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J Pediatr Adolesc Gynecol. 2014 Oct;27(5):244-57. doi: 10.1016/j.jpag.2013.07.008. Epub 2013 Dec 9.

Use of digital media technology for primary prevention of STIs/HIV in youth.

Author information

1
Department of Pediatrics, Columbia University Medical Center-College of Physicians and Surgeons and New York-Presbyterian Morgan Stanley Children's Hospital, New York, NY. Electronic address: nc2519@columbia.edu.
2
Department of Medicine, New York Presbyterian Hospital-Weill Cornell, New York, NY.
3
Department of Pediatrics, Columbia University Medical Center-College of Physicians and Surgeons and New York-Presbyterian Morgan Stanley Children's Hospital, New York, NY.

Abstract

STUDY OBJECTIVE:

The relevant literature was reviewed to identify issues in research evaluating digital media technology (DMT) interventions for the primary prevention of STIs/HIV in adolescents and young adults.

METHOD:

A literature search with relevant key terms was conducted in PubMed, for articles with studies that included: (a) participants between 11-29 years; (b) use of one or more of the following forms of DMT: interactive digital video or CD-ROM, computer, text messaging, or Internet; (c) evaluation of an STI/HIV primary prevention intervention; and (d) use of a cognitive, psychosocial, behavioral, or biological outcome.

RESULTS:

Twenty-nine studies were identified and included in the review. Based on the review of these studies, 7 main issues were discussed and recommendations for improving future research were offered. The 7 main issues were: (a) need for a balance between universal application and specific sub-group focus, (b) lack of a developmental framework, (c) challenge of applying DMT in resource limited contexts, (d) rapidly changing nature of DMT, (e) lack of biological outcomes, (f) lack of comparison/control groups to assess the impact of DMT, and (g) limited temporal follow-up.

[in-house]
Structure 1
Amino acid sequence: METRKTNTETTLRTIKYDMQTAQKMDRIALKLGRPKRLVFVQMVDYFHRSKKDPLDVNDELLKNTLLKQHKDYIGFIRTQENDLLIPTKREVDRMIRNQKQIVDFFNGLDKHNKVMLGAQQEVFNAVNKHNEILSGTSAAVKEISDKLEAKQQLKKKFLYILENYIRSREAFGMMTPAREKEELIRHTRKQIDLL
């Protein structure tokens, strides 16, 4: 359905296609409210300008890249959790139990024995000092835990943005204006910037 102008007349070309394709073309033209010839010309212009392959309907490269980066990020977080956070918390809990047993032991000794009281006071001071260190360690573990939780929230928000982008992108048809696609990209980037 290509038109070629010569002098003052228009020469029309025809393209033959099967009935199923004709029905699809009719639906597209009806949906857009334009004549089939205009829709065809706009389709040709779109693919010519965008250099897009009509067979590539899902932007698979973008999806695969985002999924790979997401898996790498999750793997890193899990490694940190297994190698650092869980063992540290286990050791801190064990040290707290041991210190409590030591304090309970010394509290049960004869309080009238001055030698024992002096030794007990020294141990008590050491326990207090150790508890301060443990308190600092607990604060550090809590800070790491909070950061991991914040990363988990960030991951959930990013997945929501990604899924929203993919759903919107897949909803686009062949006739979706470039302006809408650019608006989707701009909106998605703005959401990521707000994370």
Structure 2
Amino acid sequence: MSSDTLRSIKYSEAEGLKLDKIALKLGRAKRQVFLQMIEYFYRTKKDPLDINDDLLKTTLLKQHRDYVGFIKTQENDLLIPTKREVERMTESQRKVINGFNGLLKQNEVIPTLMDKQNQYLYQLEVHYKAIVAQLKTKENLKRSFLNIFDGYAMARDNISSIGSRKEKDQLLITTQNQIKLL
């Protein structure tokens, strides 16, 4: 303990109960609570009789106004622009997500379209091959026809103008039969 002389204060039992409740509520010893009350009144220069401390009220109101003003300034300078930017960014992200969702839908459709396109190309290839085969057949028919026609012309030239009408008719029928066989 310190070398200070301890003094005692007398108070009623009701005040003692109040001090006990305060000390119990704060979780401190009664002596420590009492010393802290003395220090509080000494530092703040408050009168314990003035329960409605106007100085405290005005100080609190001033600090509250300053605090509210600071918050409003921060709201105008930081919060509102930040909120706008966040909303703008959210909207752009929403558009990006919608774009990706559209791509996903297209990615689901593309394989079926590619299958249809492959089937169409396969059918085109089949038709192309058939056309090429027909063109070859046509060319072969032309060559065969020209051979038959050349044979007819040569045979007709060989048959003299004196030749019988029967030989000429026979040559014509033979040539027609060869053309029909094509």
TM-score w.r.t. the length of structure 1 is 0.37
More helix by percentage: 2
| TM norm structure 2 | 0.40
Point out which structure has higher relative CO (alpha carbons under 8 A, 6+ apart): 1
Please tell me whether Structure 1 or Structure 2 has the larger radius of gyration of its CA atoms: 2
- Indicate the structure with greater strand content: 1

CONCLUSIONS:

There is increasing literature evaluating the effectiveness of DMT for preventing STIs/HIV among adolescents and young adults. A careful consideration of 7 main issues identified in the literature can improve the design and evaluation of these interventions and enhance our understanding of their effectiveness.

KEYWORDS:

Adolescents; Digital media technology; HIV prevention; STI prevention; Sexual health

PMID:
24332613
DOI:
10.1016/j.jpag.2013.07.008
[Indexed for MEDLINE]

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